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Sweat the Small Stuff
Protect your staff by avoiding these common "paperwork" mistakes by administrators

Let's be honest: Paperwork can be tedious. Those who administer employee benefit programs seem to face a new form at every turn. Each change to a plan seems to be matched by the need to complete yet another memo.

But documents like these represent far more than a paper-shuffling exercise. The details on every form or letter will have the final say on whether employees receive the coverage they expect and deserve.

Unfortunately, program administrators often overlook the ongoing updates that need to pass between employers and their benefit providers.

Life Insurance benefits offer a perfect example of the challenges that can emerge. These benefits are often based on a year of annual earnings. But the administrators who oversee group benefits plans need to notify insurers about changes to an employee's salary if there's any hope of maximizing the payments.

Picture someone who is hired at an annual salary of $50,000 before receiving a promotion and a $10,000 raise. If the insurance company isn't notified about the change, a beneficiary will only receive $50,000 if the employee dies. Information like this can also affect Long Term Disability benefits.

Depending on the number of employees in the plan, a benefit program might pay a disabled worker $1,500 a month. But someone making more than $27,000 a year may need to submit proof of their insurability to be eligible for 2/3 of their actual salary.

Changes to personal information are hardly limited to salaries or medical information. A young employee may list a brother or sister as a beneficiary when they're first hired, and may be surprised that benefits don't automatically shift to a spouse after a marriage. (Or, for that matter, they don't shift back to siblings or other beneficiaries after a divorce.) Any change in status – whether it involves a marriage, divorce, separation, birth of a child, change in salary or hours worked – has to be sent to a benefits provider within 31 days. Otherwise, coverage is at risk.

The same attention to detail even needs to extend to employees who are leaving a company. A departing employee has just 30 days to “convert” their group life insurance to an individual plan without submitting any medical evidence. If that window of time is missed, they will need to meet new medical requirements to secure the coverage. This means someone who has cancer or another pre-existing medical condition could miss out on the chance to hold on to their life insurance.

Administrators can help to protect these employees by including the offer to convert life insurance in the checklist of steps which guide every exit interview.

Some details in the early paperwork will even help to protect the benefits offered to everyone who participates in a program. For example, employers who place a reasonable cap on the number of years that someone can be paid a particular health or dental benefit will help to protect their other employees from skyrocketing rates which have been known to bring unprotected programs to their knees. The related policies simply need to be in place and approved in writing by everyone in the plan.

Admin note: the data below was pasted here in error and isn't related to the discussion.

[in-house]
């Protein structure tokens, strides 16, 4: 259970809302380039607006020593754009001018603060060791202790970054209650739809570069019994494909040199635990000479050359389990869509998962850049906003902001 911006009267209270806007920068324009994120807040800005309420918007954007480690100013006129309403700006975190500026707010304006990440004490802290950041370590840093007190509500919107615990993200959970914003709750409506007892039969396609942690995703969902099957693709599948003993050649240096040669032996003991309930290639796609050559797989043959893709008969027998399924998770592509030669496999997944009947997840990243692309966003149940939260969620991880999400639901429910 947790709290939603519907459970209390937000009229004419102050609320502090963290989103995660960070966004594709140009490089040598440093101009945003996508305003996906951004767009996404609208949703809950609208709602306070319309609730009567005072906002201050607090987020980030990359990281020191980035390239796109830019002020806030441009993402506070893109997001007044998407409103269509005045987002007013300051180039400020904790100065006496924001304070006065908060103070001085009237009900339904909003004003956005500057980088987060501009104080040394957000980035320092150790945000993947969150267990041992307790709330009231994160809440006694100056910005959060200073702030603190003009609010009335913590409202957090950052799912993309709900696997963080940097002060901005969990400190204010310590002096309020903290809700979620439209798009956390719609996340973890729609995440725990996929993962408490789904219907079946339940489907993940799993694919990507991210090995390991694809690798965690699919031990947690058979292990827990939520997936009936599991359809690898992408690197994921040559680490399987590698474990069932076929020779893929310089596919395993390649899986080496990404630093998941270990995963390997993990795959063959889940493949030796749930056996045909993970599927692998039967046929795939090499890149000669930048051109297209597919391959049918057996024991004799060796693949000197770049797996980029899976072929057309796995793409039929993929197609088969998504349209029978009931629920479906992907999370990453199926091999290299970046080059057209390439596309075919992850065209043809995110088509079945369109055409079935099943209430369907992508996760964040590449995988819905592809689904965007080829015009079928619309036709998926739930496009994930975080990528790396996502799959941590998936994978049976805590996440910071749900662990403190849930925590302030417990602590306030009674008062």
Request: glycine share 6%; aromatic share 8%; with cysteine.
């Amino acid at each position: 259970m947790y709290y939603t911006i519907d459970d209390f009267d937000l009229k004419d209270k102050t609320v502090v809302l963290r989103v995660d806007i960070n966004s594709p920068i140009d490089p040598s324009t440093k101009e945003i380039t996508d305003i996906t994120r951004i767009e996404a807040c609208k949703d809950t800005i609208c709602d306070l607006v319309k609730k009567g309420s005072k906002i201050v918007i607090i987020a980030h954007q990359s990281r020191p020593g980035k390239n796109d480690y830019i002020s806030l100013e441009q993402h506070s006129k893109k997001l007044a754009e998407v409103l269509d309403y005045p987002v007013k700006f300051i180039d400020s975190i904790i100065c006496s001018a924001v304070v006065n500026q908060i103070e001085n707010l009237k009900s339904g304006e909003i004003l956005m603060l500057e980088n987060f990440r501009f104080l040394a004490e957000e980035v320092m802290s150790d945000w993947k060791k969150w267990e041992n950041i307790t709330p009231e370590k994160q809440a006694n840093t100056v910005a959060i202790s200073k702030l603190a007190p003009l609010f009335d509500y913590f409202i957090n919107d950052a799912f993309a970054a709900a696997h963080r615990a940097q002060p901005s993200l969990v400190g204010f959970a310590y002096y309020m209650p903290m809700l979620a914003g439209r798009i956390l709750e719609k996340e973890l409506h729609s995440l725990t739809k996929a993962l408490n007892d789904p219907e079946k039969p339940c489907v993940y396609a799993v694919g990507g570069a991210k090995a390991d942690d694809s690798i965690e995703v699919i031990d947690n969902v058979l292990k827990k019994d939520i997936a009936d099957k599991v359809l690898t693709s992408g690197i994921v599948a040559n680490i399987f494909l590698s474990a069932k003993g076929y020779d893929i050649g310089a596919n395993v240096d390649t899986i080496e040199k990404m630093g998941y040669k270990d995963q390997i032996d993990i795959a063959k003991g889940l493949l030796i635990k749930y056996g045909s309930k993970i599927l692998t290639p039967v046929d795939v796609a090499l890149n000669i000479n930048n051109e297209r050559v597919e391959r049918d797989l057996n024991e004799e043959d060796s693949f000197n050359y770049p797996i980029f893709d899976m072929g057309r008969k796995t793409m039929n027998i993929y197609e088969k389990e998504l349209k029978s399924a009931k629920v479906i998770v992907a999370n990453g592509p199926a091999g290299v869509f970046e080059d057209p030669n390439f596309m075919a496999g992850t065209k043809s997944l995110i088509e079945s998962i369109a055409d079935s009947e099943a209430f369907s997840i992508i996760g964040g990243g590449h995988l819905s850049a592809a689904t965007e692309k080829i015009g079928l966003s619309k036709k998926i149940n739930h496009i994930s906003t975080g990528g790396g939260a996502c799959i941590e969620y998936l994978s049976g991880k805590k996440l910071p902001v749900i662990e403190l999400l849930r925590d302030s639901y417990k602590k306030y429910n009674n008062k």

Formal policies and paper trails can help to ensure that important details like these are never overlooked, as long as the related tasks are also assigned to a specific administrator.

One effective tool for tracking all the related paperwork can come in the form of a central binder filled with insurance contracts, booklets, enrolment forms, details about altered coverage, as well as copies of memos and letters to employees covering every change. Signed waivers filed between the binder's covers can clearly identify those who decline any optional coverage, while a signed and witnessed annual review will ensure that everyone understands any changes to a plan.

Of course, anyone can file a lawsuit against the company for any reason, and employers can be held liable if someone is denied coverage because of anything from a late application to failing to report changes in salary. But the right procedures – along with Benefits Administrator Liability Coverage on the employer's insurance policy – will help to protect those who watch over the plans, as well as those who expect to be covered.

Top Tips:

  • Tell insurers about changes to an employee's salary right away. The wrong information could lead to lower Long Term Disability benefits or Life Insurance payments.
  • Employees have just 30 days to "convert" group Life Insurance to an individual plan. After that, they will need to submit medical evidence and could be denied coverage because of a pre-existing medical condition.
  • Set formal policies to keep on top of issues like changes in beneficiaries or coverage.
  • Keep a central binder that includes all related paperwork. 
  • Any changes to a plan need to be clearly communicated to everyone involved in a timely fashion.
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